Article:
The fossils of two “exceptionally large” feathered dinosaurs have been discovered in a rock quarry in South Dakota, a find that may help answer some crucial questions about life in the ancient West, ranging from the nature of Cretaceous food webs to the evolution of flight in birds.
The fossils were found in the Northern Plains’ famously fossil-rich region known as the Hell Creek Formation, which stretches from Wyoming to Alberta.
But the newly found dinosaurs are the first raptors — feathered, two-legged carnivores — ever discovered in the formation, scientists say.
And at 66 million years old, they’re also the most historically recent raptors to be found anywhere in the world.
The team of paleontologists that made the find, led by Dr. Robert DePalma of the University of Kansas, has aptly named the new animal Dakotaraptor.
And they say the raptor — known to scientists as a dromaeosaurid — was likely an able and important predator.
“Dakotaraptor had a fortuitous combination of characters that made it a formidable predator: large body size and incredibly robust raptorial [foot claws] … and potential for speed and agility comparable to the smaller dromaeosaurids,” the team writes, in the KU publication Paleontological Contributions.
Until now, the team notes, raptors have been conspicuously absent from the Hell Creek Formation, which was once a lush coastline that ran along North America’s inland sea.
The rocky formation has produced copious fossils of the herbivores that browsed those bygone shores. But when it comes to predators, the fossil record has turned up only small carnivores and giant tyrannosaurs, with nothing in between. [See a photo gallery of a T. Rex fossil found in the Hell Creek Formation]
Dakotaraptor helps complete the picture of this Cretaceous ecosystem, the researchers say.
“Dakotaraptor … fills the size gap that existed between the small [carnivore] and large tyrannosaurid groups, forming a predatory hierarchy more reminiscent of those actually observed in nature today,” they write.
“The discovery of Dakotaraptor drastically revises our view of the Hell Creek fauna by introducing a particularly large, feathered, predatory animal into the late Cretaceous paleoecology.” [Learn about a recent related dino find: “New Species of Giant Dinosaur From South Dakota ‘Fills Gap’ in America’s Fossil Record“]
Those feathers make Dakotaraptor an even more striking find, their fossil traces being “unprecedented” in a dinosaur this size, they add.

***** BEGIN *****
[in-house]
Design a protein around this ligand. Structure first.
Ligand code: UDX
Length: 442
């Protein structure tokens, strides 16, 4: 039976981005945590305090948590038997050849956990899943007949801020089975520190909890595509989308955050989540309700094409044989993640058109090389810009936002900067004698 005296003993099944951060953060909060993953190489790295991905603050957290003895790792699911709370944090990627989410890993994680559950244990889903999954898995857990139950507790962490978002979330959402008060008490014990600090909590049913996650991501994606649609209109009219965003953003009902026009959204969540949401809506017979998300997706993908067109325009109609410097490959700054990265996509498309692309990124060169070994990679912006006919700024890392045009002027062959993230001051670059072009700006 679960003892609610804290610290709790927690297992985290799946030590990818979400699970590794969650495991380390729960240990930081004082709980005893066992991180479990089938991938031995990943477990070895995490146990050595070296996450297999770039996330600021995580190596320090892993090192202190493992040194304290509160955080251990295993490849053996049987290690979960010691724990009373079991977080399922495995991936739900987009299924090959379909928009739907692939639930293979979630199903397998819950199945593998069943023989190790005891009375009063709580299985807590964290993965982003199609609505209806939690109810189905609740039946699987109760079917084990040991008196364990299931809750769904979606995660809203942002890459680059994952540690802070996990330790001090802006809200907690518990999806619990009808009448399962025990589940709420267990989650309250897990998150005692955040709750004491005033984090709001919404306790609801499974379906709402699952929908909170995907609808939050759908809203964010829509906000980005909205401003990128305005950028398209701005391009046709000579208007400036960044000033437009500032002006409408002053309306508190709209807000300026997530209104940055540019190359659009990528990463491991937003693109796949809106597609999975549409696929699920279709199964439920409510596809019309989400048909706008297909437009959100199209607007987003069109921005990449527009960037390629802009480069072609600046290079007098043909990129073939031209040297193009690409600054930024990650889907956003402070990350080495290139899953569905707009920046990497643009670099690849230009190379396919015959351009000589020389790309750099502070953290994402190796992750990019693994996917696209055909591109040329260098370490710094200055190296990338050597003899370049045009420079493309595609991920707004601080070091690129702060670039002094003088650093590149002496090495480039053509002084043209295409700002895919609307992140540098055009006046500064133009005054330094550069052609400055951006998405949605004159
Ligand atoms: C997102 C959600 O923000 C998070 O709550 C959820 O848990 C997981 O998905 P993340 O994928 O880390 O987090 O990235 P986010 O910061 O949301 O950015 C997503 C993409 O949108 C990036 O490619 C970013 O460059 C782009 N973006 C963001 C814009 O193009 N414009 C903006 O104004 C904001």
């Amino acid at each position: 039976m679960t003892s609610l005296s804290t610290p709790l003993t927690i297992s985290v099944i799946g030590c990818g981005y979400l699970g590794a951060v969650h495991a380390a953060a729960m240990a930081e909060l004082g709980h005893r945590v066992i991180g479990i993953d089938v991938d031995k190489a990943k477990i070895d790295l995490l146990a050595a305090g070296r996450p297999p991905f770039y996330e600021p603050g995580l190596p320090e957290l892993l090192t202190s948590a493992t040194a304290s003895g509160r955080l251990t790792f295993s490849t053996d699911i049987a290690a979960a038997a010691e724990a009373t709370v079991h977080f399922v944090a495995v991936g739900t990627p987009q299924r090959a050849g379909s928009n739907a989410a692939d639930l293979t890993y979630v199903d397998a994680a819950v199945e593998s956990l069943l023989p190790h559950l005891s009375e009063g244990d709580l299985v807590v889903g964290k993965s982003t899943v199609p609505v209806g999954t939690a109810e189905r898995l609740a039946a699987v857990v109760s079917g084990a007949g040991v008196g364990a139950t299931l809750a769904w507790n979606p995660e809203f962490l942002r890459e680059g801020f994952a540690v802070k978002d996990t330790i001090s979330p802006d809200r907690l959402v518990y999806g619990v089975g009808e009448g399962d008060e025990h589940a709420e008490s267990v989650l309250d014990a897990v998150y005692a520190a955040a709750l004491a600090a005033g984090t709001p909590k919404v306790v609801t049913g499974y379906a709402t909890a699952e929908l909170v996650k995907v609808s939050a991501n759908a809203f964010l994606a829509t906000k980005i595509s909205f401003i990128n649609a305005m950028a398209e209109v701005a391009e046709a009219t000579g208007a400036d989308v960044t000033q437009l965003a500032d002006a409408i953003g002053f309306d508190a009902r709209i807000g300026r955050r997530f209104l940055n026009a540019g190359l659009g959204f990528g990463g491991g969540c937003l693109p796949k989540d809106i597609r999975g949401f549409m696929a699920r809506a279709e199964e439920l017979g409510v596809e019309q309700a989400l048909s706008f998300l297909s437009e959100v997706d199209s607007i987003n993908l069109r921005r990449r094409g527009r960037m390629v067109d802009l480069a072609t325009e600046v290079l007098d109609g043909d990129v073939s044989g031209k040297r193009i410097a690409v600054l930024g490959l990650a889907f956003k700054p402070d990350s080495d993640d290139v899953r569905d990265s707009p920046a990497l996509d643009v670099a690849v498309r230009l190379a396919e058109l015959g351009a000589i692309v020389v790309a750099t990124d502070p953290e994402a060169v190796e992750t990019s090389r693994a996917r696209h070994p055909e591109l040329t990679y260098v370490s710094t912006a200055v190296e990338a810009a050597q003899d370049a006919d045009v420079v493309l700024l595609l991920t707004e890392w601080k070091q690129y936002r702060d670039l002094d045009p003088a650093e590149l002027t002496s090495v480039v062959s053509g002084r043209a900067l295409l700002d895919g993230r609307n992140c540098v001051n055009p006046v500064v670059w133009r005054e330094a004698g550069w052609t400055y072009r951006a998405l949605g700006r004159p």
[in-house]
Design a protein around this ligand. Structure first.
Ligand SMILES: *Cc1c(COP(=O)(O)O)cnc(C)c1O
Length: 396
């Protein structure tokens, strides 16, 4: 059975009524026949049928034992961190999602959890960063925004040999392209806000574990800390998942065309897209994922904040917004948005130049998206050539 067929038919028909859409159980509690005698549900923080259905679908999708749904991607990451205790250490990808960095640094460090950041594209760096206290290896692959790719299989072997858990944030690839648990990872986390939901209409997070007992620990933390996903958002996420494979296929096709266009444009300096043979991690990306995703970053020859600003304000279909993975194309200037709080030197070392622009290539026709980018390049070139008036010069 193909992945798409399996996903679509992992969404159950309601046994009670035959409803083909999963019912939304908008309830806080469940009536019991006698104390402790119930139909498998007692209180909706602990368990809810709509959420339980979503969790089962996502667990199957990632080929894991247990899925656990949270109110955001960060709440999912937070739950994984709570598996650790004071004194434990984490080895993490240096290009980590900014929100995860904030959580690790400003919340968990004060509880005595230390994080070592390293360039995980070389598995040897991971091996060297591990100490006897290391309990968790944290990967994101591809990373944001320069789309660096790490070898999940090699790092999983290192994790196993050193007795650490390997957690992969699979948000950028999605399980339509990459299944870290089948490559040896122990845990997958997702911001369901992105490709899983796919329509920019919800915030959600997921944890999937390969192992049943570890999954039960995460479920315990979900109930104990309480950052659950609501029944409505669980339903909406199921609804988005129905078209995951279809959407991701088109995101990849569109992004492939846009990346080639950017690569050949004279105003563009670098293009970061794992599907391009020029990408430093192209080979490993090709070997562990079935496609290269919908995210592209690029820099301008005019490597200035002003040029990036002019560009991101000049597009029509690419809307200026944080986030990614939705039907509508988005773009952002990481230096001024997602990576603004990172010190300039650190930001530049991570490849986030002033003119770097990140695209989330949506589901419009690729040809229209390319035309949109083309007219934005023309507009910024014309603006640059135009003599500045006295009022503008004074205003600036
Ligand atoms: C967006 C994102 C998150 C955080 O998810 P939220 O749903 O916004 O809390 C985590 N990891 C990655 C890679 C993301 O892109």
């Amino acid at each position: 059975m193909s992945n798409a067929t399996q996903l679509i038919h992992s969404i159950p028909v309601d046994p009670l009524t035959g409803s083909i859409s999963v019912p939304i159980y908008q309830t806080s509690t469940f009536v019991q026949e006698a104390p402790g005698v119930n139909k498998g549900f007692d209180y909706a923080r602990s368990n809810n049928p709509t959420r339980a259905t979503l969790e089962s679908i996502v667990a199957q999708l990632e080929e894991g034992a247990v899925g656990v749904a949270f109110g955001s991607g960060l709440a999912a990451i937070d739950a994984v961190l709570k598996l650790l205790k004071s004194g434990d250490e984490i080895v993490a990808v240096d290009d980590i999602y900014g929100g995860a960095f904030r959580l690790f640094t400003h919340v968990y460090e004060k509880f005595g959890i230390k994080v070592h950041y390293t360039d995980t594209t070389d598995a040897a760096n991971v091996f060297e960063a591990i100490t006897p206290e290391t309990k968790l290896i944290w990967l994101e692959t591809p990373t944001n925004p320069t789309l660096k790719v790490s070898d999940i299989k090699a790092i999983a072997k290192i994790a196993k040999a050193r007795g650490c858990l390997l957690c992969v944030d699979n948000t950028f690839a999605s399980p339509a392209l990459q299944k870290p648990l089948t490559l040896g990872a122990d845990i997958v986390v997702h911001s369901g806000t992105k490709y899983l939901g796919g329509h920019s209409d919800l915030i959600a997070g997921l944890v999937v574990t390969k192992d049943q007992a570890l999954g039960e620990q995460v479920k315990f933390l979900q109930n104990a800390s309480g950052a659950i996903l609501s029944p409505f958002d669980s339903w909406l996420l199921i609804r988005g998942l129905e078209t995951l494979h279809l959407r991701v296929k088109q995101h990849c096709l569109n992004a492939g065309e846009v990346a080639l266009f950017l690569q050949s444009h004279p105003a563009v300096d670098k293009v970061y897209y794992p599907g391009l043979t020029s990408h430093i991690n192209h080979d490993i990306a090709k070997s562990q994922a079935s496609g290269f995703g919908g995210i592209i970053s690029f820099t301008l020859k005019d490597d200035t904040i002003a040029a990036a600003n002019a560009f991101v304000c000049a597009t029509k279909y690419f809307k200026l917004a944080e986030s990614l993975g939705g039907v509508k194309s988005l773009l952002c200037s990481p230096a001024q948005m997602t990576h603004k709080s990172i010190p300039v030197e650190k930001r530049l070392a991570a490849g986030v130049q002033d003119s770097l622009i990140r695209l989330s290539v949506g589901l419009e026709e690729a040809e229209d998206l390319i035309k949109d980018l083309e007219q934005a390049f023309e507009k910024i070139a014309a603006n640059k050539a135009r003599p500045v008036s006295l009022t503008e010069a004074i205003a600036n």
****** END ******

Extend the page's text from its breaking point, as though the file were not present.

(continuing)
Among the two specimens’ many well-preserved bones are forearms with what the scientists say is the “first clear evidence for feather quills” on a large raptor.
One of the slender bones that make up the forearm, or wing, of the dinosaur was found to have 10 distinct bony lumps, or bosses, that are each about 10 millimeters [0.4 inch] long — features that are nearly identical to the “quill knobs” found in modern birds, they say.
“These low, evenly spaced bosses are indistinguishable from the quill knobs … in extant birds and other examples reported in theropod dinosaurs,” the team writes.
Such features have been found in fossils of smaller raptors and proto-birds, including Archaeopteryx, Velociraptor, and Microraptor, the scientists say. But in modern birds, quill knobs are known to relate specifically to the feathers used for flight.
“While birds possess feathers all over their bodies,” they write, “quill knobs are only present on the wings.”
Of course, given that Dakotaraptor was about 5.5 meters [17 feet] long, it wasn’t capable of flying.
Instead, the team suggests, the dinosaurs were likely what’s known as secondarily flightless — descended from animals that originally had the ability to fly or glide, but evolved over time into forms incapable of flight.
“[I]t is … plausible that Dakotaraptor descended from an evolutionary line that already possessed flight or that was already sufficiently close to attaining it that it had evolved a suite of advanced adaptations for its facilitation,” the team writes.
“Dakotaraptor thus represents either a secondarily flightless form, or a descendent of a … lineage that was much more adapted for flight than Dakotaraptor.”
Even if the feathers couldn’t help get the dinosaur off the ground, the scientists add, they may have had many other uses.
“[E]xamination of certain extant flightless birds suggests that they could have played a role in hunting strategy, mating display, aggressive territorial behavior, and/or shielding the young,” they write.
Overall, the discovery of Dakotaraptor poses more questions than it answers, but future research of these fossils may illuminate the raptor’s place in the dinosaur family tree, and perhaps even clarify the evolutionary relationships between extinct dinosaurs and modern birds.
“Subsequent studies of Dakotaraptor and the Hell Creek fauna may aid in our understanding of the circumstances that prompted dromaeosaurids to retain [the] architecture for feather attachment,” the team concludes, “and may also provide information critical to a more accurate understanding of the lost capacity for flight.”
DePalma, R., Burnham, D., Martin, L., Larson, P., & Bakker, R. (2015). The first giant raptor (Theropoda: Dromaeosauridae) from the Hell Creek Formation Paleontological Contributions DOI: 10.17161/paleo.1808.18764